Trees took their time dressing in variations
of spring green until seemingly with a single
swipe of Nature’s wand, whether midnight,
noon or early morn, I do not know, buxom
beeches, cherries, oaks and maples
flaunted their arrival, exchanging high fives.
Folks who grew up in these mountains
cautioned – two colds snaps yet to come.
As sure as their word would have it,
in mid-April dogwood winter dropped-in
and a profusion of pink and white cross
shaped petals hailed its departure.
Just as April showers seeped into May
the second freeze chilled the nights.
Days after Blackberry Winter wrapped
up a long weekend visit, delicate white
flowers popped up on roadside vines .
We marked the ways of the local lore waiting
for Mother’s day to scatter pollinator seed
on the sun rich hillside where day lilies
yearn for summer and greet the newly
planted purple cone flowers and red salvia .
Pots of bright red impatiens hang on the porch,
inviting hummingbirds but not the bears.
The fragrance of honeysuckle blending
with boxwood announces with full
assurance that summer is coming.
Early in spring before the trees fully dress themselves in skirts and shirts of leaves, I began to observe the influence of shadows. For some time I have been fascinated by the shapes and forms shadows cast in my life. As a child I played with my shape shifting form, wiggling my fingers to make tiny animals appear or dancing with my shadow across our stubbled lawn – well we really had a yard more than a lawn. On hot summer days, shadow and I played statues –striking one frozen pose after another. Afternoons on the beach I would feel ancient and wise, in tune with the earth, as I placed a straight stalk of sea grass in the sand to check on the time! I still do that today, walking on mountain trails, placing my hiking stick into the ground, wondering whether it is time to turn back – although today I have to make an hour’s adjustment for daylight savings time. When I am worn weary with play and the persistence of the sun’s heat, shadows offer me the refuge of shade.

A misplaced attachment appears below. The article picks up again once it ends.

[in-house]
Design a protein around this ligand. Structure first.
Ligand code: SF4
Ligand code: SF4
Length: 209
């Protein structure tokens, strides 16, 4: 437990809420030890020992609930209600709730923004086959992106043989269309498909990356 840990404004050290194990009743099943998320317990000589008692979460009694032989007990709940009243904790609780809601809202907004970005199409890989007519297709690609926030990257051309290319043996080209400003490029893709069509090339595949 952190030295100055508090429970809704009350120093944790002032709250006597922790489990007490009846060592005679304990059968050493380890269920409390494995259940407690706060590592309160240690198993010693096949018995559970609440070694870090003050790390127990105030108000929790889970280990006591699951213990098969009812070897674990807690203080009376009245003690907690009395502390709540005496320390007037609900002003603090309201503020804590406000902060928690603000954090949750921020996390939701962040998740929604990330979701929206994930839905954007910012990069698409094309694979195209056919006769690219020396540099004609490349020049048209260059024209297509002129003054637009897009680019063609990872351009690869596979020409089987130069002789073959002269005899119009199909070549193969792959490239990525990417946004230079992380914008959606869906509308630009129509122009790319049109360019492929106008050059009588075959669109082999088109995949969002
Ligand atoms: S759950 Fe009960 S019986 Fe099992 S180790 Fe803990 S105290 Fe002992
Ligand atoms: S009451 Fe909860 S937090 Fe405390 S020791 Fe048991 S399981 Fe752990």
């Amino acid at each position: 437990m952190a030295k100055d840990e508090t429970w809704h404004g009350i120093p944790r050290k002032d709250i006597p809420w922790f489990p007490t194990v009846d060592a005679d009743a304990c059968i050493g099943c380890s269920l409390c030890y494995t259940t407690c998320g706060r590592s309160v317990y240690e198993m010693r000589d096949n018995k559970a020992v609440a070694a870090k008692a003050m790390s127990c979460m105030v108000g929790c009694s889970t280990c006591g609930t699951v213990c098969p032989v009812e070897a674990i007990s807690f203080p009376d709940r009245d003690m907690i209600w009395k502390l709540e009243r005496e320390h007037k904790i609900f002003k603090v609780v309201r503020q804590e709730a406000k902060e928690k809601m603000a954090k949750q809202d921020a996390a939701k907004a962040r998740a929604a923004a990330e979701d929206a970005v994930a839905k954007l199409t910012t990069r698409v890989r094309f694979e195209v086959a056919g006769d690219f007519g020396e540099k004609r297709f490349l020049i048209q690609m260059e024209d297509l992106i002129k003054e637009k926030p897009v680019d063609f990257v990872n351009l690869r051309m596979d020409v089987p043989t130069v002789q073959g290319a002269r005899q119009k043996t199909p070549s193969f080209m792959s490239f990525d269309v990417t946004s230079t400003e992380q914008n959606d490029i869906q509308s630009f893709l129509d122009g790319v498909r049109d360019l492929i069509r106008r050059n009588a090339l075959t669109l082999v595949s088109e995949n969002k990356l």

Shadows create for me a marvel of art and architecture; the straight lines of my deck railing take on new angles as the sun moves from east to west. My backyard becomes a shadow garden as the limbs of the neighbor’s massive oaks and the hanging arches of dried hydrangeas create lacy patterns. As the breeze blows, shadows of leaves begin a spiraling dance around the maple’s steady trunk. All along the sidewalk tree shadows lock arms, shadowed wires create continuous arches and berries become buttons. Shadows cast more than the replica of an object; they create something new and amazing.
From light of dawn to evening, shadows enter stage left and right with seemingly whimsical changes in wardrobe. David Abram in Becoming Animal: An Earthly Cosmology nudges my awareness that the shadow is something more than a two-dimensional silhouette lying flat at my feet. “The actual shadow does not reside primarily on the ground; it is a voluminous being of thickness and depth, a mostly unseen presence that dwells in the air between my body and the ground. (16). As Abram points out, the truth of this becomes more evident when I step into the shadow of the mountain. I feel the influence as the coolness brushes over my skin; I sense the change in the rhythm of my breath. I relish the comfort zone, sharing the favored space with lamb-ears, lily-of-the valley, violets, bee balm and begonias. And imagine! I share with the material world the power to disrupt the domination of the sun when insects and blades of grass fall under the spell of my own shadow. (Abram,19).